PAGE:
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1. Truth reflects upon our senses;
Gospel light reveals to some.
If there still should be offenses,
Woe to them by whom they come!
Judge not, that ye be not judged,
Was the counsel Jesus gave;
Measure given, large or grudged,
Just the same you must receive.
Blessed Savior, thou wilt guide us,
Till we reach that blissful shore
Where the angels wait to join us
In thy praise forevermore.
2. Jesus said, “Be meek and lowly,”
For ’tis high to be a judge;
If I would be pure and holy,
I must love without a grudge.
It requires a constant labor
All his precepts to obey.
If I truly love my neighbor,
I am in the narrow way.
3. Once I said unto another,
“In thine eye there is a mote;
If thou art a friend, a brother,
Hold, and let me pull it out.”
But I could not see it fairly,
For my sight was very dim.
When I came to search more clearly,
In mine eye there was a beam.
4. If I love my brother dearer,
And his mote I would erase,
Then the light should shine the clearer,
For the eye’s a tender place.
Others I have oft reproved
For an object like a mote;
Now I wish this beam removed;
Oh, that tears would wash it out!
5. Charity and love are healing;
These will give the clearest sight;
When I saw my brother’s failing,
I was not exactly right.
Now I’ll take no further trouble;
Jesus’ love is all my theme;
Little motes are but a bubble
When I think upon the beam.
Text: Eliza R. Snow, 1807-1887; chorus by M. E. Abbey
Music: Charles Davis Tillman, 1861-1943
-History: (Source: Wikipedia)
Written By: M. E. Abbey, Eliza R. Snow
Eliza Roxcy Snow Young (January 21, 1804 – December 5, 1887) was one of the most celebrated Latter-day Saint women of the nineteenth century. A renowned poet, she chronicled history, celebrated nature and relationships, and expounded scripture and doctrine. She claimed to be aplural wife of Joseph Smith, Jr., was married openly for many years to polygamist Brigham Young, and was the second general president of theRelief Society of The Church of Jesus Christ of Latter-day Saints (LDS Church) from 1866 until her death.
Born in Becket, Massachusetts on 21 January 1804, Snow was the second daughter of Oliver and Rosetta Snow. When she was two years old, her family left New England to settle on a new and fertile farm in the Western Reserve valley, in Mantua, Ohio. The Snow family valued learning and saw that each child had educational opportunities. Eliza worked as secretary for her father in his office as justice of the peace. She gained renown for her poetry in her early twenties, publishing in local newspapers, and winning awards for her work.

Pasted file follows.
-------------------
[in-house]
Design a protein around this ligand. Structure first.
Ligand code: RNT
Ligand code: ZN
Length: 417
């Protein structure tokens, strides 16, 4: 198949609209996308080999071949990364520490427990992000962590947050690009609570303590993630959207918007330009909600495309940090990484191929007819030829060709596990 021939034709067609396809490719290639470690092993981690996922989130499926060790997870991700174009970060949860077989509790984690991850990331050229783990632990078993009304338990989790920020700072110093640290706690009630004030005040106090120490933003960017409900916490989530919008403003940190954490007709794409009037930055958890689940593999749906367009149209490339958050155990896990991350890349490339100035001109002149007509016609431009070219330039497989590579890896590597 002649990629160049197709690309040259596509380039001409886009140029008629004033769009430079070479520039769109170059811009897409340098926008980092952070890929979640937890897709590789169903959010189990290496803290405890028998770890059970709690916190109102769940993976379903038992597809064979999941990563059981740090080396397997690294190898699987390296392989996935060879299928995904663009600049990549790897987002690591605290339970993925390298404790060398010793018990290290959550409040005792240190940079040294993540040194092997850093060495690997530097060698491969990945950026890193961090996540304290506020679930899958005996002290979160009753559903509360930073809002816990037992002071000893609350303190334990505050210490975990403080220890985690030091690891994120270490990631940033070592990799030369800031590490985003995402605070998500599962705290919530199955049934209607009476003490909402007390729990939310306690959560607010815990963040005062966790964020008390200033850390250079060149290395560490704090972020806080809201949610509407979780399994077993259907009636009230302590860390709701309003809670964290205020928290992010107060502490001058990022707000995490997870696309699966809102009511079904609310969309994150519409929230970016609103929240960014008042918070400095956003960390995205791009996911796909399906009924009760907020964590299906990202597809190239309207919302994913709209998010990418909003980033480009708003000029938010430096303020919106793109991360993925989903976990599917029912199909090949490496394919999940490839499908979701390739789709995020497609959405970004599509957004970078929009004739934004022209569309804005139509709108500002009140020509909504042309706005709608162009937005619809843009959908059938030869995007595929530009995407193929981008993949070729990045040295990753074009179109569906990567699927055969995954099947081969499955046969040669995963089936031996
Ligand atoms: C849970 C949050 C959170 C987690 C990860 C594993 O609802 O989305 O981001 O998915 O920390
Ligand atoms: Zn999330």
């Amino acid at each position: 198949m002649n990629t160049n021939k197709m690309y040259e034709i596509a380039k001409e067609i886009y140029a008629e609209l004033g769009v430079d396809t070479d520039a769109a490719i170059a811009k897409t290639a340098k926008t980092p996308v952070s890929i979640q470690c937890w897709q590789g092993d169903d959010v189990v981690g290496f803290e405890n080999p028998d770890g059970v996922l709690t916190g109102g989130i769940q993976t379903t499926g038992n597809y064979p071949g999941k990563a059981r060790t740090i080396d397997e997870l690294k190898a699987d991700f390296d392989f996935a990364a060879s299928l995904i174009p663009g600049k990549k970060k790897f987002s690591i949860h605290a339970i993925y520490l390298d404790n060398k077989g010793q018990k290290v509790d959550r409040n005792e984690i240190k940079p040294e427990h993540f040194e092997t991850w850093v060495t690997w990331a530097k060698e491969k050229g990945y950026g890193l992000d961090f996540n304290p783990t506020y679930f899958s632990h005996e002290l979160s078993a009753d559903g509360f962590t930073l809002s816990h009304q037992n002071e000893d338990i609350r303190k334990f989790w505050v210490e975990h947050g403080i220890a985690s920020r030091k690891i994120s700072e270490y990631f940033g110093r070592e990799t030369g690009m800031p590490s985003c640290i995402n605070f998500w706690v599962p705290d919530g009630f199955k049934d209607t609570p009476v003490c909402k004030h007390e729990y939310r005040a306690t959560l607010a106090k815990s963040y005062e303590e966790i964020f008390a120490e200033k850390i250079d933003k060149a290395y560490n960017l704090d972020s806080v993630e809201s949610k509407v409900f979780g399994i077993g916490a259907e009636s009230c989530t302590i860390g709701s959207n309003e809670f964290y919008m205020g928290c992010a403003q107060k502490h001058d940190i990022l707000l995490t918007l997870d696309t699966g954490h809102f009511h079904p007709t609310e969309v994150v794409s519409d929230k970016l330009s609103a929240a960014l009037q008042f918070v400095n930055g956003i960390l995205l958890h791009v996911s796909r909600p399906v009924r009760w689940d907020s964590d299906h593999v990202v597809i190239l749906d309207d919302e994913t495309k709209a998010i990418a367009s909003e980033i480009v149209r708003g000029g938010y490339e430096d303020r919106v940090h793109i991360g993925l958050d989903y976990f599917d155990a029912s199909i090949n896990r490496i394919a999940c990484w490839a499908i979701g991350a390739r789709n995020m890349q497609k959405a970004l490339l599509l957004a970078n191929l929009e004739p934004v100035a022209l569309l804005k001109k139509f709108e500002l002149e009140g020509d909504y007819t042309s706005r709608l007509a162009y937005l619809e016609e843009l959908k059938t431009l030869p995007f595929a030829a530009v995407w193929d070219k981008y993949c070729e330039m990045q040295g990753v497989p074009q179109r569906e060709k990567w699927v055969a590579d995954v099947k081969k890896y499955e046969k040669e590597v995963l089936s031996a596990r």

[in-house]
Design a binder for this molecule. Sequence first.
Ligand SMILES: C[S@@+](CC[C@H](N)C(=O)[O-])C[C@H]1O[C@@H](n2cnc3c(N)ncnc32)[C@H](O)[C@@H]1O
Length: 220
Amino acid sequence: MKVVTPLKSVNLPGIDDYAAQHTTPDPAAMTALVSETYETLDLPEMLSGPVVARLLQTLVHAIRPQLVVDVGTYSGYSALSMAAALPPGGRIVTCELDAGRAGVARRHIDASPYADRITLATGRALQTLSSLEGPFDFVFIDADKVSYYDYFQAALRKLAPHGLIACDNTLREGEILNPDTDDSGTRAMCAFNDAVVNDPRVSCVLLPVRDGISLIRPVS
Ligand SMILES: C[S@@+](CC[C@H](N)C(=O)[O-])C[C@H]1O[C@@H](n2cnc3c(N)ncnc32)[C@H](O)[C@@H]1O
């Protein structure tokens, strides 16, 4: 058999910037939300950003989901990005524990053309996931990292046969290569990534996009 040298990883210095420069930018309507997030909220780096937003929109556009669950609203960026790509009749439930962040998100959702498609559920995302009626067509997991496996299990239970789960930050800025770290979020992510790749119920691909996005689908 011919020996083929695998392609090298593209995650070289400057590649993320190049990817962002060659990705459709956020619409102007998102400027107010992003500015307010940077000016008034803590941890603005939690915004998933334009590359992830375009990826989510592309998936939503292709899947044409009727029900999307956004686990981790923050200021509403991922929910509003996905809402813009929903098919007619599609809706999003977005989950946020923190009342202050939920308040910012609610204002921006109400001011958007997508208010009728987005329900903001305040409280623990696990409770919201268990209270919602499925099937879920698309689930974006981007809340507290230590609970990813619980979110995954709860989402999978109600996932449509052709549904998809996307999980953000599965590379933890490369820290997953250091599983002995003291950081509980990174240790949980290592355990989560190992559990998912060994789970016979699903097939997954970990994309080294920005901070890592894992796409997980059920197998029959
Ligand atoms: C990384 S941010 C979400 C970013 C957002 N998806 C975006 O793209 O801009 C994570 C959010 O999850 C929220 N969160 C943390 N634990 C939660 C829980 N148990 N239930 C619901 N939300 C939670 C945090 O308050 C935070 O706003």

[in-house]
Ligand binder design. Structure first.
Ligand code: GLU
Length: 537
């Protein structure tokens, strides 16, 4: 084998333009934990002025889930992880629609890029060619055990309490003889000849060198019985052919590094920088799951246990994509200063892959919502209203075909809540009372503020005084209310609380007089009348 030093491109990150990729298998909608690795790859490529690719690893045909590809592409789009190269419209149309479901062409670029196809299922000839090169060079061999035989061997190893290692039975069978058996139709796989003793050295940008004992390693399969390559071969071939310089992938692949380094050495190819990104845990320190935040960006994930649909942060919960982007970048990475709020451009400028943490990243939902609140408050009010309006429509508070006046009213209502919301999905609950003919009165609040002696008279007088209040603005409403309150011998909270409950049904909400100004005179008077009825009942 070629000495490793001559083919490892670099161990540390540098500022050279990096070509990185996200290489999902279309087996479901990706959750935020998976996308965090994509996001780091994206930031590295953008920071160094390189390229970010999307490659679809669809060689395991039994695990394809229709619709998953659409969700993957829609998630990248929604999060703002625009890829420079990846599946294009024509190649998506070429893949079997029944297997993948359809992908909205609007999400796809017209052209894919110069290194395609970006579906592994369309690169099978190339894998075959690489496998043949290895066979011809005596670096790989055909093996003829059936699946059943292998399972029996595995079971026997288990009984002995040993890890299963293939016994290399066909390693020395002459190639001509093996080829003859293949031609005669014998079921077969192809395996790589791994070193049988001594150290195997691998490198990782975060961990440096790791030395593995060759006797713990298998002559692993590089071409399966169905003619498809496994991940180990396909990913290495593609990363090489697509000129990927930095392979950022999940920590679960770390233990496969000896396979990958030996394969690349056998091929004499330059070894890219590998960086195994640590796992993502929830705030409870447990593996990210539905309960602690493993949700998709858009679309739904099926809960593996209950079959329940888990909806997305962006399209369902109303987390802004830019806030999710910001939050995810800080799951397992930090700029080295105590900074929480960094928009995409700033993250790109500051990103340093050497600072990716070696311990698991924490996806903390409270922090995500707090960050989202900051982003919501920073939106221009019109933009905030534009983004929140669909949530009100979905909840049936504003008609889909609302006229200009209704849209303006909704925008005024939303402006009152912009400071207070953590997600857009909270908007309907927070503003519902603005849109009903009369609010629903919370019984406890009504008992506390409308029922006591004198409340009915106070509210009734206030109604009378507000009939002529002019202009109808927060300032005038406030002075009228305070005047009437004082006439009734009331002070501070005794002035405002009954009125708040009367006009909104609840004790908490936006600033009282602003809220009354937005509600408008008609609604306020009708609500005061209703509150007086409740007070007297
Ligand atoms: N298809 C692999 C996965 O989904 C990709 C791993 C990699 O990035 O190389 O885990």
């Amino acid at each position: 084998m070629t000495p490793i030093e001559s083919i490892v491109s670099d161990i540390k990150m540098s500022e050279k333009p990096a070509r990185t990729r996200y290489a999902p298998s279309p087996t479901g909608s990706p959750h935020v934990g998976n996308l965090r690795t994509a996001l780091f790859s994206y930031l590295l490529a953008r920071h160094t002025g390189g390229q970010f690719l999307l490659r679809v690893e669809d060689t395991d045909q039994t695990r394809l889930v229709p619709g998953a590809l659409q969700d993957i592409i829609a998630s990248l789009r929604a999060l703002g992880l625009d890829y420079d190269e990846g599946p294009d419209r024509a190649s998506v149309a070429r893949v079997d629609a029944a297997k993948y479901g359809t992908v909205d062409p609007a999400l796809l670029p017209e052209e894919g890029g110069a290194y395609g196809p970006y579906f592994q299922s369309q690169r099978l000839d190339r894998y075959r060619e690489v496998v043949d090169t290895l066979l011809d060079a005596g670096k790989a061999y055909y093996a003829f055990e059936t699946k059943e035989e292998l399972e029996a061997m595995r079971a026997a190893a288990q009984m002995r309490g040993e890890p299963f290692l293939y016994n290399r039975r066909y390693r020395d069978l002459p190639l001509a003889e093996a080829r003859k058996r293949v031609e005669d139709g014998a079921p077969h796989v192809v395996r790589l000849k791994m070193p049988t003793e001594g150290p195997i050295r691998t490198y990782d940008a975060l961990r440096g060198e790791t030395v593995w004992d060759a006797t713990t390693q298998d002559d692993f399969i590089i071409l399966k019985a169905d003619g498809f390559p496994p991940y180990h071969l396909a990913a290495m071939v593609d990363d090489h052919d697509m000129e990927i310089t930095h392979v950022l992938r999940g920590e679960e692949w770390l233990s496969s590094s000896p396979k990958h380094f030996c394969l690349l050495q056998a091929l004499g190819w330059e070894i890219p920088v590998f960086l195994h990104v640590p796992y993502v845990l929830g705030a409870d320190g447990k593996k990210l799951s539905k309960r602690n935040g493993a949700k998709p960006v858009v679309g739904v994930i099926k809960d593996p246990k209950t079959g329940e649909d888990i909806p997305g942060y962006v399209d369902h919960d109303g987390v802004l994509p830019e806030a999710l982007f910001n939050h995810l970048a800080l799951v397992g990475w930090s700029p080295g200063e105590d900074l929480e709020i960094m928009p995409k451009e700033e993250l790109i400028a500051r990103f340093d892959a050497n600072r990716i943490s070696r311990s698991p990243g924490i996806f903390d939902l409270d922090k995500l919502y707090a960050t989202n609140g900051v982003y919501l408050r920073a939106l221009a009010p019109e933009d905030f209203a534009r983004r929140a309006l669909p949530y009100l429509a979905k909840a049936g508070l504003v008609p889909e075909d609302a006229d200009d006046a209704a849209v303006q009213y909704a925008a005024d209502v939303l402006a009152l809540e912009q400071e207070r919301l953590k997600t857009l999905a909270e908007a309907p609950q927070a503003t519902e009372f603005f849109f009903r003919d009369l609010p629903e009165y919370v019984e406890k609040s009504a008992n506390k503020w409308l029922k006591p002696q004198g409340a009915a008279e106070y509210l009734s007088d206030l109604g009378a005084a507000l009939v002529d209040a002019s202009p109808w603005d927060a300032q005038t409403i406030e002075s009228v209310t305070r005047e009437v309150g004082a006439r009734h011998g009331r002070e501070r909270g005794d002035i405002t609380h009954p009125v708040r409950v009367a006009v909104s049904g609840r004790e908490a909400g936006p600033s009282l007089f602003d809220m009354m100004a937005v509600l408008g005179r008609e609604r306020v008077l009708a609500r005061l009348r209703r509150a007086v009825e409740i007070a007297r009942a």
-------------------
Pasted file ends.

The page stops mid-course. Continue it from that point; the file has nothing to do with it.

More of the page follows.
Eliza R. Snow wrote poetry from a young age, one time even writing school lessons in rhyme. Between 1826 and 1832 she published more than 20 poems in local newspapers, including the Ravenna, Ohio Western Courier and the Ohio Star, using various pen names. A number of Snow’s poems were set to music and have become important LDS hymns, some of which appear in the current edition of the LDS Hymnal. One of her hymns, “Great is the Lord”, was published in the first Latter-day Saint Hymnbook in 1835, the year of her baptism. In Nauvoo, Eliza R. Snow gained unique distinction as a Mormon poet featured in local newspapers, and she was later called “Zion’s Poetess.” She continued to write poems as she crossed the plains, documenting the pioneer trail and life in Utah. The first of her two volumes of Poems, Religious, Historical, and Political appeared in 1856, followed by the second in 1877. Some of her poems include:
- “How Great the Wisdom and the Love” (text)
- “Invocation, or the Eternal Father and Mother” (“Oh, My Father”) (text)
- “Be Not Discouraged” (text)
- “My First View of a Western Prairie” (text)
- “Mental Gas” (text)
- “Think not When You Gather to Zion Your Troubles and Trials are Through”
- “O Awake! My Slumbering Minstrel”
- “Truth Reflects upon Our Senses”
One of her best-known poems, “Invocation, or the Eternal Father and Mother,” was written soon after the death of her father and just over a year after the death of Joseph Smith.. This poem, renamed “O My Father“, is included in the current LDS Hymnal.
Music By: Charles Davis Tillman
Charles Davis Tillman (1861 March 20, Tallassee, Alabama – 1943 September 2, Atlanta, Georgia)—also known as Charlie D. Tillman, Charles Tillman, Charlie Tillman, and C. D. Tillman—was a popularizer of the gospel song. He had a knack for adopting material from eclectic sources and flowing it into the mix now known as southern gospel, becoming one of the formative influences on that genre.
The youngest son of Baptist preacher James Lafayette Tillman and Mary (Davis) Tillman, for 14 years prior to 1887 he painted houses, sold sheet music for a company in Raleigh, North Carolina, and peddled Wizard Oil. In 1887 he focused his career more on his church and musical talents, singing first tenor in a church male quartet and establishing his own church-related music publishing company in Atlanta.